It was 13 July 1985, midday. Thousands of people gathered at the Wembley and JFK Stadiums. Queen started off with the “Bohemian Rapsody” and the crowds went wild. The clapping sequence of “Radio Gaga” left a mark on the history of live music. And so did the multi-venue concert.
Two stadiums –Wembley in London and JFK in Philadelphia were full. An estimated 2 billion viewers from over 60 countries witnessed what was later to be described as the greatest rock concert in history.
It appeared completely innocent and the cause seemed so right. The 1984-1985 famine in Ethiopia decimated its inhabitants. Moreover, the success of the Band Aid’s charity single “Do they know it’s Christmas” (it became a number one and sold more than 3.5 million copies in the UK) indicated that such initiatives could gain a lot of attention.
You couldn’t stay indifferent confronted with those images. A video shot by Canadian Broadcasting Corporation showing starving and diseased Ethiopian children was broadcast to audiences around the world as well as to the crowds gathered in London and Philadelphia, after which the number of calls to the 300 phone lines manned by the BBC skyrocketed.
Amongst many, on the same stage of London Wembley Stadium performed U2, Dire Straits, Queen, Elthon John, David Bowie, The Who, George Michael, Sade, and Paul Young. On the other Black Sabbath, Santana and Pat Metheny, Led Zeppelin, Eric Clapton, Madonna, Duran Duran, Mick Jagger, and Bob Dylan, to name just a few.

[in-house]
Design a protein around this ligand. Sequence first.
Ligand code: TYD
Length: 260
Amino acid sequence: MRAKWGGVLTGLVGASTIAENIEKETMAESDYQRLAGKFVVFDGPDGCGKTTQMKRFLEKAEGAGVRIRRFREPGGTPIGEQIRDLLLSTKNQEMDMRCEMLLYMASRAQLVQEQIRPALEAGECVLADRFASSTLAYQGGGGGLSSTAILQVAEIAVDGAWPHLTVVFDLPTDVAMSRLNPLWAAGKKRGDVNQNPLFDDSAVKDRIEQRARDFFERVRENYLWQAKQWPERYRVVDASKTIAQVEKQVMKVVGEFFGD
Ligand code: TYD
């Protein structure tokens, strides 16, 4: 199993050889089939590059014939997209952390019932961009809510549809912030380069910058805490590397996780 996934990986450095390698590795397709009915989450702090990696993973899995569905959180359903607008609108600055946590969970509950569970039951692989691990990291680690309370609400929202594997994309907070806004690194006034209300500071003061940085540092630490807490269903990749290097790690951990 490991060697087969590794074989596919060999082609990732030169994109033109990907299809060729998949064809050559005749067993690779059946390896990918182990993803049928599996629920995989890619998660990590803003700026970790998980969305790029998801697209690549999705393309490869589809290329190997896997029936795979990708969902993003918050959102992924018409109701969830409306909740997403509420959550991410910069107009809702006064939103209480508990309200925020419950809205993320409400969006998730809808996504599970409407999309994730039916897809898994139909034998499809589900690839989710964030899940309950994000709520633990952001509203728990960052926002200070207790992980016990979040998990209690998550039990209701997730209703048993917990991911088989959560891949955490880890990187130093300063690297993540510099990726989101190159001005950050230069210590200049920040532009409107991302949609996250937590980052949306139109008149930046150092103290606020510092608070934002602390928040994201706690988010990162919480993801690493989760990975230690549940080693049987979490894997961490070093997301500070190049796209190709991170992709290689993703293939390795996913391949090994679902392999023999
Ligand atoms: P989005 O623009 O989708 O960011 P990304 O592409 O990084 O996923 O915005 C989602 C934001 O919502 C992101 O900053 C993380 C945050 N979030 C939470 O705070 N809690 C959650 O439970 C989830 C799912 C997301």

The clarity of intentions of the superstars involved might be questioned. Many admitted that although an event of this magnitude had sounded improbable, they were eager to take part in it for the sake of the buzz it generated. The image of combining the culture of pop with the philanthropy appeared positive. The era of commercialisation of aid initiatives was on its way. The artistic expression was to serve as means of the protest against the policies of the governments and the consequences of the globalisation.
The initiative has not been without controversy. Although the words of Bono and the lack of transparency in the money allocation initially generated waves of criticism, the aftermaths of the concert were a time bomb. It wasn’t until June 2005 that Fox News television host Bill O’Reilly claimed that large amounts of the funds were siphoned off by Mengisty Haile Mariam and his army.
That critique was followed by another in March this year when Martin Plaut of the BBC reported that vast sums of the fundraised money was spent on weapons by rebels from the Tigrayan People’s Liberation Front who allegedly posed as merchants (one of the rebel leaders estimated the amount of money diverted for $95 million).
Although Bob Geldof, the founder of Band Aid initially dismissed the claims, documents released by the CIA confirmed aid was “almost certainly being diverted for military purposes”.
Many critics have also underlined that similar events divert the attention of the global north from the trade reforms and put emphasis on uncritical boosting aid.
You can’t question however the undeniable role Live Aid played in the sensitisation of the global community, which ever since has been more critical and cautious than ever.
A quarter-century after Live Aid I invite you to enlist with me in the comments section the lessons that we have learnt during the course of the years.